“New Orleans is like no other place,” said Saints middle linebacker
Understandably so. Lofton had complex feelings about coming to New Orleans this offseason as an unrestricted free agent after spending four seasons with an NFC South rival, the Atlanta Falcons, where he was selected in second round of the 2008 NFL Draft.
The former Oklahoma standout started 66 of the 67 games he appeared in as a Falcon, totaling 599 tackles (402 solo), four sacks, three interceptions, seven forced fumbles, one fumble recovery and 17 pass defenses with his best year to date coming in the 2011 season where he rang up double-digit tackles in ten regular season games. He registered 19 tackles (nine solo) with two for a loss against the Saints last season.
As do all division opponents, Lofton and the Falcons traveled to New Orleans and the Mercedes-Benz Superdome once each season to compete in a battle for division standings.
“We knew that once we came to New Orleans, it was going to be a tough place to play,” said Lofton as he recounts his four trips as a Falcon. “Their fans were going to be loud and active in the game. I never really understood the love of this team by their fans.”
In just three months, Lofton went from competing in a Falcons uniform against the Saints to donning the Black and Gold. The Kingfisher, Okla., native made a quick transition to his new city and his new team.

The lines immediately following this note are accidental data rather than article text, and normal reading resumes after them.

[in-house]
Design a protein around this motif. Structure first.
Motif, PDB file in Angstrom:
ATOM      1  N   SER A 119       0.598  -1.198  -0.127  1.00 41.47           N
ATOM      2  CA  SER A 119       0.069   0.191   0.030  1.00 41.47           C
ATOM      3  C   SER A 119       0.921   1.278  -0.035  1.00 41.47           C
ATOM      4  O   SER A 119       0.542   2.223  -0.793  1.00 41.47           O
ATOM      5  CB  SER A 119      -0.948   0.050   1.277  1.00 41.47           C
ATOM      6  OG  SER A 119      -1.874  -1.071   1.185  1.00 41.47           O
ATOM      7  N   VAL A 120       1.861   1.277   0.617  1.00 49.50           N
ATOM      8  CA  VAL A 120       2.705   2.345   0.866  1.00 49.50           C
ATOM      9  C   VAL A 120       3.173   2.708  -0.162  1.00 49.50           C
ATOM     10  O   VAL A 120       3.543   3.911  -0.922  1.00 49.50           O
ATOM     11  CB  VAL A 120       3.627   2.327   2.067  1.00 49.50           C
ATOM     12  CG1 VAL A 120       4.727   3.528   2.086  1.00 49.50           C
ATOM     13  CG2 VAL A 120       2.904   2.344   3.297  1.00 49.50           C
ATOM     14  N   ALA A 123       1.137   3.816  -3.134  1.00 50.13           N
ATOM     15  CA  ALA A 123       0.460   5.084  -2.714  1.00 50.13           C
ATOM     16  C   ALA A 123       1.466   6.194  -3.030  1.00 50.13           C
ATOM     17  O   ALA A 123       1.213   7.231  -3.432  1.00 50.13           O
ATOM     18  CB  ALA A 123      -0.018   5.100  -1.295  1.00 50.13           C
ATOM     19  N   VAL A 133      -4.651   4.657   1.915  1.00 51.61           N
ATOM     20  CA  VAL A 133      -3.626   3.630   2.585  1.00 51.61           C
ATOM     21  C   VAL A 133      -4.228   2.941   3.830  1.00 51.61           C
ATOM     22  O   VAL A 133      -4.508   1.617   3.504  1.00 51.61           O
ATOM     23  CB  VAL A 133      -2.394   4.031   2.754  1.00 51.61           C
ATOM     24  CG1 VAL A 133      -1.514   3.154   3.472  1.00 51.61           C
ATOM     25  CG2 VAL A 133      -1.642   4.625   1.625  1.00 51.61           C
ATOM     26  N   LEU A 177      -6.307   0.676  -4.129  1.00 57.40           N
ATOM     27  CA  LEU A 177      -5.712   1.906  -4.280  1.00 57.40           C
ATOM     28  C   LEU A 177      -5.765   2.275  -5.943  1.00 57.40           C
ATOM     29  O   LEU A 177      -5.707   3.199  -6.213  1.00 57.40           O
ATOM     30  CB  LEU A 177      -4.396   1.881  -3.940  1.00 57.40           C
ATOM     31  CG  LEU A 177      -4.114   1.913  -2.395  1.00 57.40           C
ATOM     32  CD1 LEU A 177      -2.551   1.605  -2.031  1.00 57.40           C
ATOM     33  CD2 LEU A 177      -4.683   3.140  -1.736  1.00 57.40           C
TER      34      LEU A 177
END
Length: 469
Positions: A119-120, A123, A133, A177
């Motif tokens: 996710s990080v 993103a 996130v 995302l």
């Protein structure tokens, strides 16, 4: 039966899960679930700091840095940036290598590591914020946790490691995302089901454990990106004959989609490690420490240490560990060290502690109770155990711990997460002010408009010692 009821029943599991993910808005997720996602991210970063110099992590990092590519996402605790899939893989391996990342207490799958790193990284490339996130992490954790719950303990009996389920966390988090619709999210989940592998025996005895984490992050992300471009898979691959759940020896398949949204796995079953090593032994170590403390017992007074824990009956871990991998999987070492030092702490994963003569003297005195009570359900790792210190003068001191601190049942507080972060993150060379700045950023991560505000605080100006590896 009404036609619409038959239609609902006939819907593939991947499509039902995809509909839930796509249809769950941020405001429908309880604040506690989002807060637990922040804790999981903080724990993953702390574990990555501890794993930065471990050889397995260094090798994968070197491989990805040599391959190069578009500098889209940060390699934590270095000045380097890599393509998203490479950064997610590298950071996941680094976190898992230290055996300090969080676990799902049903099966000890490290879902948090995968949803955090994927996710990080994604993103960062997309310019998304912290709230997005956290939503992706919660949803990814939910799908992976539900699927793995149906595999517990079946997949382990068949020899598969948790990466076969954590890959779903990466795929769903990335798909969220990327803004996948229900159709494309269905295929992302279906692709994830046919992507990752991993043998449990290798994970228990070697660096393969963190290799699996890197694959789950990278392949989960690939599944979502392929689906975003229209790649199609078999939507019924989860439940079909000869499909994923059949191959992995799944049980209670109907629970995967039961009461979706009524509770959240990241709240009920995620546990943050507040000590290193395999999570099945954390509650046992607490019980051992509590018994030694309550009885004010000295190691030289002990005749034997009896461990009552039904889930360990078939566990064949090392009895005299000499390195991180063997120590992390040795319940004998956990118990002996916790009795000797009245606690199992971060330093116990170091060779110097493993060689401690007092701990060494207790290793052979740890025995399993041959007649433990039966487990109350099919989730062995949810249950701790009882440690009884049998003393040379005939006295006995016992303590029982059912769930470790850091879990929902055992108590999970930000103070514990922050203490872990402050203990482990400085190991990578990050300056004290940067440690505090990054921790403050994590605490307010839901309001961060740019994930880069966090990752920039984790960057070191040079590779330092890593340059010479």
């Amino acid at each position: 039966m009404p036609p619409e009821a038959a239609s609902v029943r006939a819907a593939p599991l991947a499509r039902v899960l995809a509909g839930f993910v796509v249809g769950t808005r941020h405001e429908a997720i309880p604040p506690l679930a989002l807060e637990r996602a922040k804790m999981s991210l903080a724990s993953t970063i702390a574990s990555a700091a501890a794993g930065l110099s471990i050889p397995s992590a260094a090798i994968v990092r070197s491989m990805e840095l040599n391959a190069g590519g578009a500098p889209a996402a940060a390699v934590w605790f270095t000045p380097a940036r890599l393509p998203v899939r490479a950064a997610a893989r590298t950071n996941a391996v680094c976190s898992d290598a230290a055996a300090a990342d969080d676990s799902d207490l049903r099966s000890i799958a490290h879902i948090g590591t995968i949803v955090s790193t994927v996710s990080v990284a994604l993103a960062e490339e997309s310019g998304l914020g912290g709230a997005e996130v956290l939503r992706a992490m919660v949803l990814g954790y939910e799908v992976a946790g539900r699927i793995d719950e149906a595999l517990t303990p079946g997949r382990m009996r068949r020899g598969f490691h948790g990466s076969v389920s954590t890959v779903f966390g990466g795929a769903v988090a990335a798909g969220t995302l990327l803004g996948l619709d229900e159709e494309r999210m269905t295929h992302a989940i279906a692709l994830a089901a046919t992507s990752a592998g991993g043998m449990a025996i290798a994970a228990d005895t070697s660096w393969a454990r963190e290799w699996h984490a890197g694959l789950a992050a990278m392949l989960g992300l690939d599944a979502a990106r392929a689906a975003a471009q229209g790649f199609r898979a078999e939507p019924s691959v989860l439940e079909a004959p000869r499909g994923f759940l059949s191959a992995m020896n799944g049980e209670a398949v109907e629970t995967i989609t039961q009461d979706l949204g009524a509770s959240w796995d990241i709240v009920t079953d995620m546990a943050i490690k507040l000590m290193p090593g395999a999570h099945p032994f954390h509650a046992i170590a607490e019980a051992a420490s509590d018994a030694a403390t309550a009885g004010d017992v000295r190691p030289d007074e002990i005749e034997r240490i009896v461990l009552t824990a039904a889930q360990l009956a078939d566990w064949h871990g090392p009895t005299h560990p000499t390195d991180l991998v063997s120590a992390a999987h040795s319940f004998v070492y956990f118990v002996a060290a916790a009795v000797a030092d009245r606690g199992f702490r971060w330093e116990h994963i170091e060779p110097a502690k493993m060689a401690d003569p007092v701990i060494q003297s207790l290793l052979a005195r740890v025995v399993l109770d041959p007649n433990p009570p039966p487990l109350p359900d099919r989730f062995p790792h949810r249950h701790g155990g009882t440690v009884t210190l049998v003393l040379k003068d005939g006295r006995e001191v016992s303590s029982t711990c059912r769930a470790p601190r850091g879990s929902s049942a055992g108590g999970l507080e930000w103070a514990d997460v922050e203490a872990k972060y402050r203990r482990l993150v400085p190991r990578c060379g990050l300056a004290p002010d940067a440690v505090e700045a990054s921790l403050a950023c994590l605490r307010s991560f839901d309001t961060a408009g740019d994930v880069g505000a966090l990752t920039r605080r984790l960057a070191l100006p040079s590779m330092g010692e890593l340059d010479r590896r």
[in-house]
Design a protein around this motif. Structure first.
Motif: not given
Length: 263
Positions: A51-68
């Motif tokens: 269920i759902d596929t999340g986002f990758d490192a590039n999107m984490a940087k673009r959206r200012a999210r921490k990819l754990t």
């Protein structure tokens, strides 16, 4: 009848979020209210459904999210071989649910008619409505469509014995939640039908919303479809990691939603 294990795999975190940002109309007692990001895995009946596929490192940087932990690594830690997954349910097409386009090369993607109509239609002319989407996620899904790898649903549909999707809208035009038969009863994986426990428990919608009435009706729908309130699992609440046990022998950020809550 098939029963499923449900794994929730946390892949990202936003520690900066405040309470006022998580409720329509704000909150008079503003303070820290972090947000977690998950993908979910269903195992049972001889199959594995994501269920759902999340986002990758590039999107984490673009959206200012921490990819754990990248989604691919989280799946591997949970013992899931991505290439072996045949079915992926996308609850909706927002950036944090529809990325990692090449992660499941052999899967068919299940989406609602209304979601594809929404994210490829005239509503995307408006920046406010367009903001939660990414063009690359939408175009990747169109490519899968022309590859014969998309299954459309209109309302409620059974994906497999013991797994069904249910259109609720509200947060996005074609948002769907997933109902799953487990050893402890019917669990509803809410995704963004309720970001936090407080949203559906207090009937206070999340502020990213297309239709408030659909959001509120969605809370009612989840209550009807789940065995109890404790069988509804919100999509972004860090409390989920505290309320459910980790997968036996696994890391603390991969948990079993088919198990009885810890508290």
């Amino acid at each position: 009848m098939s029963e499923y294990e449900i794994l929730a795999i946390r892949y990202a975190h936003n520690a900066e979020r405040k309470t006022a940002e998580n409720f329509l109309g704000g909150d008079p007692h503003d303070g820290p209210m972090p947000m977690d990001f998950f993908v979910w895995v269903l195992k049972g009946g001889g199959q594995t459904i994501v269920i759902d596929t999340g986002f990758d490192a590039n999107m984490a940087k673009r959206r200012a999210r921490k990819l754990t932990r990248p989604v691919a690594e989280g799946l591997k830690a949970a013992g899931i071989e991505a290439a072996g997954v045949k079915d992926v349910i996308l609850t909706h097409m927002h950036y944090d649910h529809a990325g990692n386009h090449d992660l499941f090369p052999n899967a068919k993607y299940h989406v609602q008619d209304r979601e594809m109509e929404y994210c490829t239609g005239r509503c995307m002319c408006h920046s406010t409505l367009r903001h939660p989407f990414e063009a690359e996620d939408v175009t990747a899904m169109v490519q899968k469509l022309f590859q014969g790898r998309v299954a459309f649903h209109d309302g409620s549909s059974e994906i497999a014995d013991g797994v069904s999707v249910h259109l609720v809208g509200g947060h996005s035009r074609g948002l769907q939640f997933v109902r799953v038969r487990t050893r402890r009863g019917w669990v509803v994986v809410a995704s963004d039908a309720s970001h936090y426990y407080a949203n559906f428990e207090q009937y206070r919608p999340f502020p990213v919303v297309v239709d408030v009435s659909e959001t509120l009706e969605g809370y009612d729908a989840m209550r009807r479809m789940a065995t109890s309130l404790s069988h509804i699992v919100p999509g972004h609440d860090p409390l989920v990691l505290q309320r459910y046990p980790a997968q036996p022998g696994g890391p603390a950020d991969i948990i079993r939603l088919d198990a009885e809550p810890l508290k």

“I was really surprised how easy the adjustment was,” said Lofton. “I met the coaches and got to meet some of the players. The players were great, and they welcomed me with open arms. If I needed any help with anything, questions, places to go eat, any of that, they were there.”
He had some friends on the team but quickly became acclimated with his new teammates. He spoke with linebacker
Lofton began to learn more about the city of New Orleans and the fan base very quickly as well. Within a few weeks, the linebacker was being recognized in restaurants and stores by the Who Dat Nation all over the city.
“I hadn’t played a snap,” said Lofton. “I hadn’t stepped on the field or anything, and people would know my name. I just thought, ‘how does anyone know me?’ This community just loves their Saints.”
Lofton immediately began work to become more attached to the community and the supportive fan base. He wanted to connect with the people of the city he now called home. He started eating at new restaurants across the city, attending community events and participating in charitable endeavors all over the area. He attended everything from concerts at Champions Square to autograph signings to school visits to teammate’s fundraisers, all while interacting with the people of New Orleans.
“The community and these people give so much to this team that I think it is our duty and our responsibility to give back to this community,” said Lofton. “It is important for them to see you outside of football, for them to get to know you not only as a football player but as a person. That is what I do.”
While he wanted to learn everything about his new city, Lofton remembered the reason he made the move was for the action between the white lines. He said that he chose to come to New Orleans because of the strong foundation in place and for the opportunity to compete for a Super Bowl. He cited that the strength of the organization was a key factor in his decision.